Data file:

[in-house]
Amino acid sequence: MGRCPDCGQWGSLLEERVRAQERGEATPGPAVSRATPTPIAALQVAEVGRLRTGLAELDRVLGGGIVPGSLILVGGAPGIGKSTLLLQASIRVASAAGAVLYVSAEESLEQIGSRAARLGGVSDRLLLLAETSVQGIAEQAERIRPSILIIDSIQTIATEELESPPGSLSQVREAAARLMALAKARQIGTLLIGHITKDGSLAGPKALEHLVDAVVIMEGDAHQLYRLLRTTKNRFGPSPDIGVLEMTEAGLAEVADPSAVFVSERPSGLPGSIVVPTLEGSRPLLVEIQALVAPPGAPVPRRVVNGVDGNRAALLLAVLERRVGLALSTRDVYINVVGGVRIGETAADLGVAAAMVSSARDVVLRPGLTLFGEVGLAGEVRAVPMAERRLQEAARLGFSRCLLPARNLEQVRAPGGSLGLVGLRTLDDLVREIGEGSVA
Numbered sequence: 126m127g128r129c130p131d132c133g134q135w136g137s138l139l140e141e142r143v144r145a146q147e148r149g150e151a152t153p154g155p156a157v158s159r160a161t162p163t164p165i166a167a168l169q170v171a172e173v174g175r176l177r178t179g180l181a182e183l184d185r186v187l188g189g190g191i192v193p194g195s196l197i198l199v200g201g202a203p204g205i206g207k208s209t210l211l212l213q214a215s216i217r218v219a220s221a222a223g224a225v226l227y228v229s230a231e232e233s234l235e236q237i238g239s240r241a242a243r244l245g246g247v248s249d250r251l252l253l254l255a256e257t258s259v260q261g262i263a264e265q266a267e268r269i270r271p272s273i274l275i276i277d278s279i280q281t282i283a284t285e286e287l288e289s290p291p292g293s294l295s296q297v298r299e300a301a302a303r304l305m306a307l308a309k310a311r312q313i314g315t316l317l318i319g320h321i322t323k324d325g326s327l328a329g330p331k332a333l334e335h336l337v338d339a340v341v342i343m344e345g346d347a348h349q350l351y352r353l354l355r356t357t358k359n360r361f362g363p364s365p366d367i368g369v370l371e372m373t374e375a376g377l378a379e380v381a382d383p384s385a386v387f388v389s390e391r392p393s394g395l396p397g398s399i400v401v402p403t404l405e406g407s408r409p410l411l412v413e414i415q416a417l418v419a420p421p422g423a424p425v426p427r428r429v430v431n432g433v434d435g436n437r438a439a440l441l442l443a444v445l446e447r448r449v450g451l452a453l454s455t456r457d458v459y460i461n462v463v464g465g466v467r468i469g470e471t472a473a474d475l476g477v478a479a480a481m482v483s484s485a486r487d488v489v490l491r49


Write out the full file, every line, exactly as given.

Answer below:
[in-house]
Amino acid sequence: MGRCPDCGQWGSLLEERVRAQERGEATPGPAVSRATPTPIAALQVAEVGRLRTGLAELDRVLGGGIVPGSLILVGGAPGIGKSTLLLQASIRVASAAGAVLYVSAEESLEQIGSRAARLGGVSDRLLLLAETSVQGIAEQAERIRPSILIIDSIQTIATEELESPPGSLSQVREAAARLMALAKARQIGTLLIGHITKDGSLAGPKALEHLVDAVVIMEGDAHQLYRLLRTTKNRFGPSPDIGVLEMTEAGLAEVADPSAVFVSERPSGLPGSIVVPTLEGSRPLLVEIQALVAPPGAPVPRRVVNGVDGNRAALLLAVLERRVGLALSTRDVYINVVGGVRIGETAADLGVAAAMVSSARDVVLRPGLTLFGEVGLAGEVRAVPMAERRLQEAARLGFSRCLLPARNLEQVRAPGGSLGLVGLRTLDDLVREIGEGSVA
Numbered sequence: 126m127g128r129c130p131d132c133g134q135w136g137s138l139l140e141e142r143v144r145a146q147e148r149g150e151a152t153p154g155p156a157v158s159r160a161t162p163t164p165i166a167a168l169q170v171a172e173v174g175r176l177r178t179g180l181a182e183l184d185r186v187l188g189g190g191i192v193p194g195s196l197i198l199v200g201g202a203p204g205i206g207k208s209t210l211l212l213q214a215s216i217r218v219a220s221a222a223g224a225v226l227y228v229s230a231e232e233s234l235e236q237i238g239s240r241a242a243r244l245g246g247v248s249d250r251l252l253l254l255a256e257t258s259v260q261g262i263a264e265q266a267e268r269i270r271p272s273i274l275i276i277d278s279i280q281t282i283a284t285e286e287l288e289s290p291p292g293s294l295s296q297v298r299e300a301a302a303r304l305m306a307l308a309k310a311r312q313i314g315t316l317l318i319g320h321i322t323k324d325g326s327l328a329g330p331k332a333l334e335h336l337v338d339a340v341v342i343m344e345g346d347a348h349q350l351y352r353l354l355r356t357t358k359n360r361f362g363p364s365p366d367i368g369v370l371e372m373t374e375a376g377l378a379e380v381a382d383p384s385a386v387f388v389s390e391r392p393s394g395l396p397g398s399i400v401v402p403t404l405e406g407s408r409p410l411l412v413e414i415q416a417l418v419a420p421p422g423a424p425v426p427r428r429v430v431n432g433v434d435g436n437r438a439a440l441l442l443a444v445l446e447r448r449v450g451l452a453l454s455t456r457d458v459y460i461n462v463v464g465g466v467r468i469g470e471t472a473a474d475l476g477v478a479a480a481m482v483s484s485a486r487d488v489v490l491r49